Beware, Mumbai recorded more cybercrimes in 2020: Data
There were more incidents of cyber crimes in the city in 2020, with spikes in new kinds of online crimes like fraudulent job listings. Statistics released by Mumbai Police show 2,435 registered cases of cyber crime in Mumbai in 2020, which is higher than the 2,225 cases registered in 2019. Of these, 207 or 8.5% were detected in 2020.
In 2020, cases of obscene messages and morphed images sent through email, messaging apps and social media increased. Compared to 239 reported cases in 2019, there were 247 cases in 2020, of which 91 were detected. In 2019, 104 of the 239 cases were detected. A marginal increase was also recorded in cases of man-in-middle (MIM) attacks, email spoofing, phishing and hacking. A sharp decline was seen in reported cases of fake online profiles — 30 in 2020 compared to 61 in 2019.
Spikes were noted in cases of sexortion (sexual exploitation by coercion), e-shopping fraud as well as fraudulent classifieds and job listings. Clubbed as “other” in police data, there were 1,545 such cases in 2020 and 78 were detected. In 2019, 1,087 cases were reported and 112 were detected.
According to Mumbai Police, 558 cases of fraud involving debit and credit cards as well as one-time passwords were registered in 2020, of which 21 cases were detected, while in 2019, 775 cases were recorded, but more cases (40) were detected.
Mumbai Police attributed the dip in detection rate to restrictions on movement during the lockdown. Regular police work could resume only in the last quarter of 2020.
“We have improved the detection rate at cyber police stations in the last three months and it’s almost 100%. Our aim is to save people’s money, hence we put every possible effort when cyber crime victims approach us. We urge people to report cyber crime within two hours of occurrence so that their money can be saved. Last year we managed to save nearly ₹15 crore for cyber crime victims,” said Rashmi Karandikar, deputy commissioner of police (cyber). She further added that Mumbai Police had recently busted gangs that were operating across states and carrying out online frauds.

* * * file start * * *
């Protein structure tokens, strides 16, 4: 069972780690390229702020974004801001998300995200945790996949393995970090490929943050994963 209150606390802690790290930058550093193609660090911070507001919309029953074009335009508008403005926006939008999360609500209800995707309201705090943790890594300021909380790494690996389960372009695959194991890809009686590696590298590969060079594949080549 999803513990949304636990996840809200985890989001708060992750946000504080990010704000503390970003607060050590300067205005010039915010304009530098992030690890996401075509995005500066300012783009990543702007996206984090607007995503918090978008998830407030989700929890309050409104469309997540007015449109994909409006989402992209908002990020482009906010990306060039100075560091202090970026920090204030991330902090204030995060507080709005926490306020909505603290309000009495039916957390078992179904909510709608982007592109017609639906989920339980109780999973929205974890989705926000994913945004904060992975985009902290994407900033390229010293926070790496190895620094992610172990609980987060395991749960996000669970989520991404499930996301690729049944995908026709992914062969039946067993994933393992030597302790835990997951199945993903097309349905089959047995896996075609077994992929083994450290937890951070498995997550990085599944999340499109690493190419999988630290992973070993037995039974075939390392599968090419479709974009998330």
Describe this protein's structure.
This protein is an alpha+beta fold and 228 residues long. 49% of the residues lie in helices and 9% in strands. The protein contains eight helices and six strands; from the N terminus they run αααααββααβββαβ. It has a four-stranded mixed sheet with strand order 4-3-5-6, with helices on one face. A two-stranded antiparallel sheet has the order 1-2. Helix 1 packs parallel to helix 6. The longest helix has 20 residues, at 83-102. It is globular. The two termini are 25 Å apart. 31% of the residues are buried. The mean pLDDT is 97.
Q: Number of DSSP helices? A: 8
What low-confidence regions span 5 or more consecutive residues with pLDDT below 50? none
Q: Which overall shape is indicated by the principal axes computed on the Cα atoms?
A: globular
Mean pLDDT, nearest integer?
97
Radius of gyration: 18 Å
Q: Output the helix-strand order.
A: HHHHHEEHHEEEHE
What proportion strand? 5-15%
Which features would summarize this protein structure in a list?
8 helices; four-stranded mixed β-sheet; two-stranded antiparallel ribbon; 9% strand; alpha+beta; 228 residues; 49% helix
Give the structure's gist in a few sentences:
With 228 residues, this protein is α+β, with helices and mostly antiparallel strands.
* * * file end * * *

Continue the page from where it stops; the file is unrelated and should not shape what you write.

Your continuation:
Requesting anonymity, one police officer from the cyber crime wing of Mumbai Police said acquiring case-related information from telecom companies and internet service providers is challenging. They also said that creating fake profiles is easy since email service providers do not ask for details that would be used to verify someone’s identity. Another reason for the low detection rate is that most email servers are located outside India, said an officer. Detection rates may also be low because many cyber criminals hide their locations using virtual private network (VPN) providers.
Cyber security advocate Vicky Shah said, “If the RBI want to curb cyber crime, the present settlement cycle must be delayed at least by 24 hours. Also, the Telecom Regulatory Authority of India should make the process of issuance of mobile SIM cards more rigorous as mobile numbers are linked to bank accounts.”